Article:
CONSERVATIVE candidate Richard Rhodes said he was ‘honoured’ to have been elected by the people of Cumbria as their first Police and Crime Commissioner.

The retired Headteacher was up against Labour’s Patrick Leonard in the second round of the ballot after they both came top out of the four candidates.

In the first round Mr Rhodes scored highest with 18,080 votes and Mr Leonard, who gained 15,301, just pipped Independent candidate Mary Robinson who got 15,245 votes.

Liberal Democrat candidate Pru Jupe came fourth with 13,625 votes, but she said she was happy that she had done so well in South Lakeland.

In the final count Mr Rhodes beat his Labour counterpart by 25,408 votes to 20,317.

In his victory speech he thanked all those who had helped him win the role.
He said: “The people of Cumbria have bequeathed upon me a huge honour which I gladly accept, and I aspire to live up to their full expectations.

“I would like to thank the number of people I have had working on my team and particularly the amount of young people.

“I would also like to thank members of the constabulary for looking after us and looking after this process.”

He said his first priority would be to address the saga surrounding Cumbria's suspended temporary chief constable, Stuart Hyde.

An IPCC investigation has already cleared Mr Hyde of allegations of serious misconduct but Cumbria Police Authority - today replaced by Mr Rhodes - said his suspension would continue while it completed its own inquiries.

Mr Rhodes added: "My second priority is to consult regularly with the public and the third is to get across to victims that they will receive adequate redress for any criminal activity they have suffered."

Acting temporary chief constable of Cumbria Police, Bernard Lawson, congratulated Mr Rhodes, who will take up his role from next Thursday, November 22.

He said: "I welcome Mr Rhodes as the new Police and Crime Commissioner for Cumbria and look forward to working with him.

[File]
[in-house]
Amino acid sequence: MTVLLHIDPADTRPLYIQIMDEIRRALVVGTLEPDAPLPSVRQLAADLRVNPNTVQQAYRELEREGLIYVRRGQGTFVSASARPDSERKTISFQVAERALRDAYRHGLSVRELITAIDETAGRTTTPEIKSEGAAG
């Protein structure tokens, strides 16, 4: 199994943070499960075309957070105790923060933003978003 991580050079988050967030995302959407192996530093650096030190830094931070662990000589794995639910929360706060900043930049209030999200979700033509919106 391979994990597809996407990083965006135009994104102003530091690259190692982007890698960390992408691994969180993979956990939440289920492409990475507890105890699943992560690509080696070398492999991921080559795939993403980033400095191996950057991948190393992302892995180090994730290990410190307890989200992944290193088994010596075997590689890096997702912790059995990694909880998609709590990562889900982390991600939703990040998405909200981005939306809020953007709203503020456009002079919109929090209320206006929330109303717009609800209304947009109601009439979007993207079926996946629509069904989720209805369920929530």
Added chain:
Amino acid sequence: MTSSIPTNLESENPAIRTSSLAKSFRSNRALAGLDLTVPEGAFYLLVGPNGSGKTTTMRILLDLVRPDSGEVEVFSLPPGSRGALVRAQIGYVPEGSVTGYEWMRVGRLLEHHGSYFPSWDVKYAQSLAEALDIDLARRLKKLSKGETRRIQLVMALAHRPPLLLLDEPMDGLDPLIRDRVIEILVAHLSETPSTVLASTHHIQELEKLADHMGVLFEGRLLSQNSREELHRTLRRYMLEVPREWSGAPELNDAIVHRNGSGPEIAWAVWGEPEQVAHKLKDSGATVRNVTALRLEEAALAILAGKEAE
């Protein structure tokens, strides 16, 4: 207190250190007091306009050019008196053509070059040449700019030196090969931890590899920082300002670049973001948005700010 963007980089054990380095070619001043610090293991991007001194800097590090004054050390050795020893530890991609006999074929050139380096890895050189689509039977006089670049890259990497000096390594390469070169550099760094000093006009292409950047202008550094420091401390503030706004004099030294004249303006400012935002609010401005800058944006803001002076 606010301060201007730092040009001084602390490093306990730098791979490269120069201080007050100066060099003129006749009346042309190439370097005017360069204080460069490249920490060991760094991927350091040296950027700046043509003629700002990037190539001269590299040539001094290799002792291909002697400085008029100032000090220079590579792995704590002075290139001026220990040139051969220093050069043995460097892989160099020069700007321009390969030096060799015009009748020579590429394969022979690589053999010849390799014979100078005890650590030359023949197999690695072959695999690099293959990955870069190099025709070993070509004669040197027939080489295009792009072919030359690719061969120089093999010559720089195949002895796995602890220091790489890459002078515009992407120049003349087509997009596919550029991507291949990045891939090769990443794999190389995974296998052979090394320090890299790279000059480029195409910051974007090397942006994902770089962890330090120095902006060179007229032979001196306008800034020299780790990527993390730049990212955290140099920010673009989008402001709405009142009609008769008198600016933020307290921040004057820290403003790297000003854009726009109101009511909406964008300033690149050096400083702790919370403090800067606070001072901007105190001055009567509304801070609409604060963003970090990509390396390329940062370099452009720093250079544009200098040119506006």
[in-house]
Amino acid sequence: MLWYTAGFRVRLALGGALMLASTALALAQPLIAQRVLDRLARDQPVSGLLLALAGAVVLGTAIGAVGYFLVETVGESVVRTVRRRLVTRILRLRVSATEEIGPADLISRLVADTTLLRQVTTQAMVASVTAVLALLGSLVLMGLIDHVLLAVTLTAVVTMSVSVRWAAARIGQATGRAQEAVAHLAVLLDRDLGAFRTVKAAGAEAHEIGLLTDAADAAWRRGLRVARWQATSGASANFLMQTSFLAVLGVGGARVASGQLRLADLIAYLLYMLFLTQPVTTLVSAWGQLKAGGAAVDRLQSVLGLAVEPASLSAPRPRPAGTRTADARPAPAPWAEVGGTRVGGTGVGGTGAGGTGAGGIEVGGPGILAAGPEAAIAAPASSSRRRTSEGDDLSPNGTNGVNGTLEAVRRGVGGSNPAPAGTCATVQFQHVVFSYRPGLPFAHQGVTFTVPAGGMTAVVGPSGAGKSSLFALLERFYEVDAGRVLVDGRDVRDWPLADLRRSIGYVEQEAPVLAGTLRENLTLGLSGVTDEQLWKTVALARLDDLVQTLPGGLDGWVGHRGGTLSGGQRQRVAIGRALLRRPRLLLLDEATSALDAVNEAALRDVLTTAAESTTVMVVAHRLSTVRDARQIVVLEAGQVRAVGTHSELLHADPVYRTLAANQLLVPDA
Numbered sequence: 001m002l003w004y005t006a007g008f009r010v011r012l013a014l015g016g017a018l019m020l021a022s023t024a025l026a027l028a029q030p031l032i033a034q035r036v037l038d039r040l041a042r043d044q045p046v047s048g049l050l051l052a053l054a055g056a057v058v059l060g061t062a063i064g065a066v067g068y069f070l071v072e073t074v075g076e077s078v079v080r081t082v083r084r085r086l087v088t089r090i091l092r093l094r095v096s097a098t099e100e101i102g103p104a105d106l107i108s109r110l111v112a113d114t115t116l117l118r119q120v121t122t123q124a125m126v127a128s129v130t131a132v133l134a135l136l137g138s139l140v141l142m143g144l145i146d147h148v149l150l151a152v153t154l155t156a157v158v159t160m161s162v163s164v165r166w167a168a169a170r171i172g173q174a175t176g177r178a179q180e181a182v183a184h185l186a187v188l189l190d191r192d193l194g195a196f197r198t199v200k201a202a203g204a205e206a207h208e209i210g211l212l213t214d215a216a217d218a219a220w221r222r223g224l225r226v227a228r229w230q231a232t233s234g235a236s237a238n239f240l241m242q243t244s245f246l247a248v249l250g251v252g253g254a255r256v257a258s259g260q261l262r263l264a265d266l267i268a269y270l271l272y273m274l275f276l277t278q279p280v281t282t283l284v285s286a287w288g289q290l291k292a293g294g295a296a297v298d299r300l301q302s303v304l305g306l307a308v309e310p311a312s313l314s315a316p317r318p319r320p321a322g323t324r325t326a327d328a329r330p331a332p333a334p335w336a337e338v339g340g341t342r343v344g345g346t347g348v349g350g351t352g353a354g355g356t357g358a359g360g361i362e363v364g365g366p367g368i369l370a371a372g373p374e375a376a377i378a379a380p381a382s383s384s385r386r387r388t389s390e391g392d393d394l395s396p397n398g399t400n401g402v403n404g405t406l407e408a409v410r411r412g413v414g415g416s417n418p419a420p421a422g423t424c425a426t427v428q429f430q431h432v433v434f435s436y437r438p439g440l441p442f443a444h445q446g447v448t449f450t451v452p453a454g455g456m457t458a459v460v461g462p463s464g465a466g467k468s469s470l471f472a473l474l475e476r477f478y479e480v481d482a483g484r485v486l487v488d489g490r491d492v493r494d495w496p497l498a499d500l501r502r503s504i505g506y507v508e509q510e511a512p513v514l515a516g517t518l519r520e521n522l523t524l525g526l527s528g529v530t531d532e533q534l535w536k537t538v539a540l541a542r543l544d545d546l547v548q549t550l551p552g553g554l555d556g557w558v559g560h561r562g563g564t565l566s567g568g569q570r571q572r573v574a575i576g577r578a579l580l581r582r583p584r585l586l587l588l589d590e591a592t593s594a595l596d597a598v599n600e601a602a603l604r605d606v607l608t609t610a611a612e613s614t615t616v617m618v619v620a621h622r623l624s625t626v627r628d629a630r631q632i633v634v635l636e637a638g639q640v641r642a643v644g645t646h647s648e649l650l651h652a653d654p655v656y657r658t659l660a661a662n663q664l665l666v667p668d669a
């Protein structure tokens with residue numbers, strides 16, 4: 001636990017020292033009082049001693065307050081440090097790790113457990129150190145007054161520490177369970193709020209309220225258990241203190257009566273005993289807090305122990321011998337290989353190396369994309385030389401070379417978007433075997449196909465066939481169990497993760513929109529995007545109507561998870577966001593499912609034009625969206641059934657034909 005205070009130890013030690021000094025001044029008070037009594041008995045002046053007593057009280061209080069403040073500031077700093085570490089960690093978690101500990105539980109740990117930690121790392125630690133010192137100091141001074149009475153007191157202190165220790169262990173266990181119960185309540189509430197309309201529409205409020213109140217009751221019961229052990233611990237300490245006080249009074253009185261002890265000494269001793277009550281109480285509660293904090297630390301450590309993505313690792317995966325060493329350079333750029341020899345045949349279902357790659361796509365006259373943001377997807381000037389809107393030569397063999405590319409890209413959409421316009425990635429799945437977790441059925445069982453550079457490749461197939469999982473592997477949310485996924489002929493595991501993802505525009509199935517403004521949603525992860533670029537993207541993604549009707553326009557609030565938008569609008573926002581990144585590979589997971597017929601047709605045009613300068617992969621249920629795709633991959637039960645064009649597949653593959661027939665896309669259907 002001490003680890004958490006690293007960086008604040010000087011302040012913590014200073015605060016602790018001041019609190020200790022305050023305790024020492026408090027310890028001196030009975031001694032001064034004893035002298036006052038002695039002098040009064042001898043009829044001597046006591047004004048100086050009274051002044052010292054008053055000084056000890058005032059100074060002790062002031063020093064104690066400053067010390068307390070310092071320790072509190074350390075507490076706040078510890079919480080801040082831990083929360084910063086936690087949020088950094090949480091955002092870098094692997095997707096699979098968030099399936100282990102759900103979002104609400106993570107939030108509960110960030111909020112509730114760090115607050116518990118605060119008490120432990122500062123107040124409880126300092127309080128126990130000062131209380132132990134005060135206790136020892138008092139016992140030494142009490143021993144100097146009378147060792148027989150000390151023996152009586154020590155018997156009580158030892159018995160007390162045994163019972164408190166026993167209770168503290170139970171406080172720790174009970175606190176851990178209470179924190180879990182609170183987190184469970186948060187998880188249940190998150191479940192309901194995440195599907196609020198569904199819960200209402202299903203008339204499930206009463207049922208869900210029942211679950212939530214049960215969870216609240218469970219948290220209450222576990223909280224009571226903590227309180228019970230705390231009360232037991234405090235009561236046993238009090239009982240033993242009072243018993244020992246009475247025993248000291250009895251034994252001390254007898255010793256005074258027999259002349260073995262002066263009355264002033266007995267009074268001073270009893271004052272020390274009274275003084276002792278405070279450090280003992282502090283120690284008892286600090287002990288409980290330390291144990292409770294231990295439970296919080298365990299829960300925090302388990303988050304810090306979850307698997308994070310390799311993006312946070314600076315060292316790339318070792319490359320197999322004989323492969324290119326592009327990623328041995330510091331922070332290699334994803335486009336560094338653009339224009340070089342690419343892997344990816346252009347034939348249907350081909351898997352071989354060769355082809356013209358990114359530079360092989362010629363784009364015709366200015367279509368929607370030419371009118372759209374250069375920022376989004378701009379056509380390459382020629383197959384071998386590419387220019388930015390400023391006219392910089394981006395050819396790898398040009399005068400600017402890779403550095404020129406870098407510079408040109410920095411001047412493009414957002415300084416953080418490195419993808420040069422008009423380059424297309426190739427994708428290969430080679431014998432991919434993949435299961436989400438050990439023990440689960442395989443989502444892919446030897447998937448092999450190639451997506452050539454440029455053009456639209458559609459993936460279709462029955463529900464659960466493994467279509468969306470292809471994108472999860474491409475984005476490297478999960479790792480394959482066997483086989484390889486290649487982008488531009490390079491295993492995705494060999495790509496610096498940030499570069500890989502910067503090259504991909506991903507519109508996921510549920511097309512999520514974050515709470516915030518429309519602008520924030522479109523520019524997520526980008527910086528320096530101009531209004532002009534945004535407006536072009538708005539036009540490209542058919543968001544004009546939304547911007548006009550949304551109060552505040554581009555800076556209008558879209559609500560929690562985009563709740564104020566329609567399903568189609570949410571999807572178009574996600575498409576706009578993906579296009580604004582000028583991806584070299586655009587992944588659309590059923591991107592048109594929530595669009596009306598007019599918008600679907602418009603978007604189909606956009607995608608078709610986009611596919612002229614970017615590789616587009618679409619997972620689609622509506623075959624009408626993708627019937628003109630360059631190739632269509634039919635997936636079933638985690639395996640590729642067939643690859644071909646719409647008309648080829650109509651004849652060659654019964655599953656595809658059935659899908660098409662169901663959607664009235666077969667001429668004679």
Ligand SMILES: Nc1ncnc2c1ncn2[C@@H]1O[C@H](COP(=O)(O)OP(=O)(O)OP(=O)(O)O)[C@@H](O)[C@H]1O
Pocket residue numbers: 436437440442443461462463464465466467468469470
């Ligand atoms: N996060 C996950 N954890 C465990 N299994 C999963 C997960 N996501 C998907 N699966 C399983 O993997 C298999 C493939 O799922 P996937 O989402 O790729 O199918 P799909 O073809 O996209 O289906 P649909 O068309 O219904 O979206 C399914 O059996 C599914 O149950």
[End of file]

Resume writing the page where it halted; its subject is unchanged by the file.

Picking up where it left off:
“As we continue to work within an ever changing police force, community policing is our priority. Our focus will continue to remain on tackling crime and anti-social behaviour, bringing offenders to justice and dealing with those issues that matter most to our communities.
“Cumbria has one of the lowest crime rates in the country and our priority will be to maintain this and continue to ensure that Cumbria remains a safe place to live, work and visit.”

South Lakeland has recorded the highest voter turnout in the countywide election.

However, the figure is still low compared to those who could have voted.
A total of 19,789 votes were cast in South Lakeland out of a possible electorate of 83,221.

It represented a turnout of 23.78 per cent.

It is likely to be among the highest voter turn outs in England and Wales, which has seen record lows reported.

Barrow recorded the lowest turnout in Cumbria with just 4,464 votes out of a possible 53,358 eligible to vote.

In Eden, 7,472 votes were cast from a possible 41,587, which means 17.97 per cent of those eligible to vote did so.

Cumbria-wide a total of 64,268 voted from a possible 392,285 possible voters, which is 16.38 per cent.

And there were 8,535 rejected ballot papers in both counts.